The last day of the training, we had the chance to have small group discussions on tools and talked to some of the developers. It was a good opportunity to get insights about the tools and receive new updates on the development of the tools.
3. Gender and sexuality was a major intersectional issues that was discussed a lot during the summit, both built-in in the sessions and by itself. Some of the highlights was the discussion on how to work with communities of women and especially LGBTIQ on issues of privacy, surveillance and digital security as well as conversation on whether it is a good idea to mix women and LGBTIQ in general training, and if it is possible to do, what are the appropriate strategies to conduct inclusive trainings as such. The whole conversations on gender and sexuality really gave us a realization of how we need more women trainers and/or trainers who understand issues of gender and sexuality (at least to have more trainers who are gender-sensitive).
All and all, the CTFestival was a huge success and the Trainers Summit was a fruitful event. I didn’t learn much of new skills in term of the use of tools as I expected before, but I guess the summit was not designed for that. It was designed to be a space to share experience and a little bit of skills in delivering trainings and it successfully fulfilled that goal. And it was proven to be invaluable! I hope that the summit would not stop there, since it would be great to have everything documented and shared widely, not only those who were discussed or shared during the summit but also any development, progress, experiment, and best practices afterwards. And I believe that level-up would be a great collaborative platform to do so.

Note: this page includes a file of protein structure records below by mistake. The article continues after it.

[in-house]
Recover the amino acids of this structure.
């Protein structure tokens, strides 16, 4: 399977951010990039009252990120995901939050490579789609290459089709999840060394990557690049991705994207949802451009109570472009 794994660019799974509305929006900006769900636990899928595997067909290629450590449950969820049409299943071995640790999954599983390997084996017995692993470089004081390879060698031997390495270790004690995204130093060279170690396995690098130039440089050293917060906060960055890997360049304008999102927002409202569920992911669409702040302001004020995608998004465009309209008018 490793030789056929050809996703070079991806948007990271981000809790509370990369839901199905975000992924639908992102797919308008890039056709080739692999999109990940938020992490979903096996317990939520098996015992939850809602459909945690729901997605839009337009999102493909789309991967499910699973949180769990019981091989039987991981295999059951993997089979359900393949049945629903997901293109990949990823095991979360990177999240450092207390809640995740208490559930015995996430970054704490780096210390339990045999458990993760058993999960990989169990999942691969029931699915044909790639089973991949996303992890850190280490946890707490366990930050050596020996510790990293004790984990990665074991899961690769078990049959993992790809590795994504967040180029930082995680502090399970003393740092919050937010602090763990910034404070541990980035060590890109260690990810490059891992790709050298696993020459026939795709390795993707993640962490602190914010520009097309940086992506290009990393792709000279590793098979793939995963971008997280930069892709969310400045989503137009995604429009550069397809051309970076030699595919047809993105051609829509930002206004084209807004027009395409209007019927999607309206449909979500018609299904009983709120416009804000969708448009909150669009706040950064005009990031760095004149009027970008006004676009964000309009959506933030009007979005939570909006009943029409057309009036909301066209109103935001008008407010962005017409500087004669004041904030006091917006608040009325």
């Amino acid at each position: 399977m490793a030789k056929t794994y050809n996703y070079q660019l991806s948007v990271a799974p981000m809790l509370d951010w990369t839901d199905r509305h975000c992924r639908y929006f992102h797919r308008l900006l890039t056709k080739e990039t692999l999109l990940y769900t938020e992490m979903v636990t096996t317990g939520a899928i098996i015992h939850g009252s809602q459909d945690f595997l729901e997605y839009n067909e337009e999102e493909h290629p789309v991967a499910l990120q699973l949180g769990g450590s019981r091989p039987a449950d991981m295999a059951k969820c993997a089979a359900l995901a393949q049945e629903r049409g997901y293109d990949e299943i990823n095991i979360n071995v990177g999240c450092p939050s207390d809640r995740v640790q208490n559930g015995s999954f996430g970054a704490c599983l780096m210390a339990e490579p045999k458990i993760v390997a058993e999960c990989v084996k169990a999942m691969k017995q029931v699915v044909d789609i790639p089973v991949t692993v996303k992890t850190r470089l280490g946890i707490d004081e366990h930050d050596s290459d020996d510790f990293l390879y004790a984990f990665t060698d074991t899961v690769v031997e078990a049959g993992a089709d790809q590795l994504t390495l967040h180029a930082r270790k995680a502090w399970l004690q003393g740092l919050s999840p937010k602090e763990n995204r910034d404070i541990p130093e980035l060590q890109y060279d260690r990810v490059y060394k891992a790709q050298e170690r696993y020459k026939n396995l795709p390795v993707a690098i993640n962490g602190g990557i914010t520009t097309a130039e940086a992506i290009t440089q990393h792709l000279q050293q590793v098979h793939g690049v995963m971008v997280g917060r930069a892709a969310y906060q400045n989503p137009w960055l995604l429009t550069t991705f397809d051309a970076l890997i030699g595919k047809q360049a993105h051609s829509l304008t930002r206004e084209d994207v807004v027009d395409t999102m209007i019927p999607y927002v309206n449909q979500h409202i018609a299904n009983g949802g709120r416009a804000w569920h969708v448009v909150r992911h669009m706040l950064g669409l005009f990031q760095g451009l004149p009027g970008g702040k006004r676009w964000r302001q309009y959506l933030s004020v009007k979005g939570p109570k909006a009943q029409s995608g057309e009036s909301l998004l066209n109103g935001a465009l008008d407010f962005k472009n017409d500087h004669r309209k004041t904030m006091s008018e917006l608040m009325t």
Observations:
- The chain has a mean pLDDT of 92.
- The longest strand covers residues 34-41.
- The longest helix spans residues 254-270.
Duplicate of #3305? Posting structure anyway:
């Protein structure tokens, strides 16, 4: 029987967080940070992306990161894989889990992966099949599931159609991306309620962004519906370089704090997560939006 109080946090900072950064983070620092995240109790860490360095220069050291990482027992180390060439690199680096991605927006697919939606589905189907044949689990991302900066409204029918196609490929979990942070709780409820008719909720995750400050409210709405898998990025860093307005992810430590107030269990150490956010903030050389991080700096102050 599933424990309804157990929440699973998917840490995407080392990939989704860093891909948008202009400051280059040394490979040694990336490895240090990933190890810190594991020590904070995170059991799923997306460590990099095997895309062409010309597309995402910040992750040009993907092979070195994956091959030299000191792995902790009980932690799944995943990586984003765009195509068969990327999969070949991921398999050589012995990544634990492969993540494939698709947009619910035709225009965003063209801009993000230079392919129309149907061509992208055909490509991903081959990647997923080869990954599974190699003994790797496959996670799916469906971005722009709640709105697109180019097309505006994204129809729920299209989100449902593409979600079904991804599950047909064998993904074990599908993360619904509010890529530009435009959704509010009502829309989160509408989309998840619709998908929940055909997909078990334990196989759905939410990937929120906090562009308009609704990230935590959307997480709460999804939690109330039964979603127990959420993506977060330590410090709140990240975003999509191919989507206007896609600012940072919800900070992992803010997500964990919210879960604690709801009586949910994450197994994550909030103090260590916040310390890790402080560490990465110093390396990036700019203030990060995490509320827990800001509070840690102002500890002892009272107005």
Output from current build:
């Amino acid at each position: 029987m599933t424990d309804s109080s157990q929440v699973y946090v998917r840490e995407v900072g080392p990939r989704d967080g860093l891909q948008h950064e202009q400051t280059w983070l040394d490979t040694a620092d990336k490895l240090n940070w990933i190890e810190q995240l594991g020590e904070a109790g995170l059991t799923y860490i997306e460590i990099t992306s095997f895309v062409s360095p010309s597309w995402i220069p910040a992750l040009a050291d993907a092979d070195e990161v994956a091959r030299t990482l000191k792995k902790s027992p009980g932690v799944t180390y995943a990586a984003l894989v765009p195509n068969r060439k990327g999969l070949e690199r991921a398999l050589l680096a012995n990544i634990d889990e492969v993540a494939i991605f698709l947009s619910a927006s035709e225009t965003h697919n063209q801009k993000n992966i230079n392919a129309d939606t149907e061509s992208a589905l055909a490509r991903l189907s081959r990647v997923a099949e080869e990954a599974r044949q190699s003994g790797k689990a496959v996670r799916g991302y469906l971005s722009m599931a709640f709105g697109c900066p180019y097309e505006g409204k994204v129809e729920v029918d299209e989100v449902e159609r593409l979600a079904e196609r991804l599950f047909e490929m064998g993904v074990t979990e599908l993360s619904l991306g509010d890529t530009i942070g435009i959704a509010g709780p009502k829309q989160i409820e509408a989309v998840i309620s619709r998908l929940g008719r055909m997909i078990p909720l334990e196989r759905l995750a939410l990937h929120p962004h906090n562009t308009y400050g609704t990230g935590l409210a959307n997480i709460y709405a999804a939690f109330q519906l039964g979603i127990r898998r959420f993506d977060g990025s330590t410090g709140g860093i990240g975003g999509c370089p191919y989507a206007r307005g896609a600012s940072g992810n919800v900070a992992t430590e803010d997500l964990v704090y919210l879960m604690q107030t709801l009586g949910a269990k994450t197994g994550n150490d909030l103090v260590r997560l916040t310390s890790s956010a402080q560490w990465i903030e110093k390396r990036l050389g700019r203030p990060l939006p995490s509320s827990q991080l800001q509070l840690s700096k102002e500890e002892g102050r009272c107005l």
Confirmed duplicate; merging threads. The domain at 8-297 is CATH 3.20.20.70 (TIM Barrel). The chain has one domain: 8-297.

Highlights: There were not much new things to learn from the trainer summit, but it was a great space of sharing experience and knowledge between people who do digital security training. I like that! There was still a challenge from participant about having women issues to be put as separate sector rather than integrated issues in all sessions. I personally disagree with this view. While it is true that women and LGBTIQ should be an intersectional issues, a specific caucus on the issues is very urgently needed since there is lack of gender-sensitive perspective amongst digital security trainers, let alone a good gender and sexuality perspective. What’s to be done is to have specific discussion on gender and sexuality that also tackle the issues of sexism and misogynistic perspective of many digital security trainers as well as finding the right strategies to conduct inclusive digital security trainings I encountered sexism and misogynies with one of the participants during personal dinner with 3 other people. I was getting into a heated argument with a male participant and he ended up making a statement that to me was personal attack on me and the other female participant who was also in the argument. I didn’t really address this issue to the organizers but made a statement during the closing that made people actually asked me why I made that statement With that, we really need to empower and train more women and LGBTIQ persons to be actively involve in the community fighting for censorship and surveillance as well as digital security There are few possibility of doing collaborative projects with some people and would look for more possibility to work with other (especially people who work with women and LGBTIQ in the country). I am also looking forward of doing a joint global campaign on the issues of women, sexuality and tech. Another great experience I gained from the Festival was meeting people who do and create things that matter!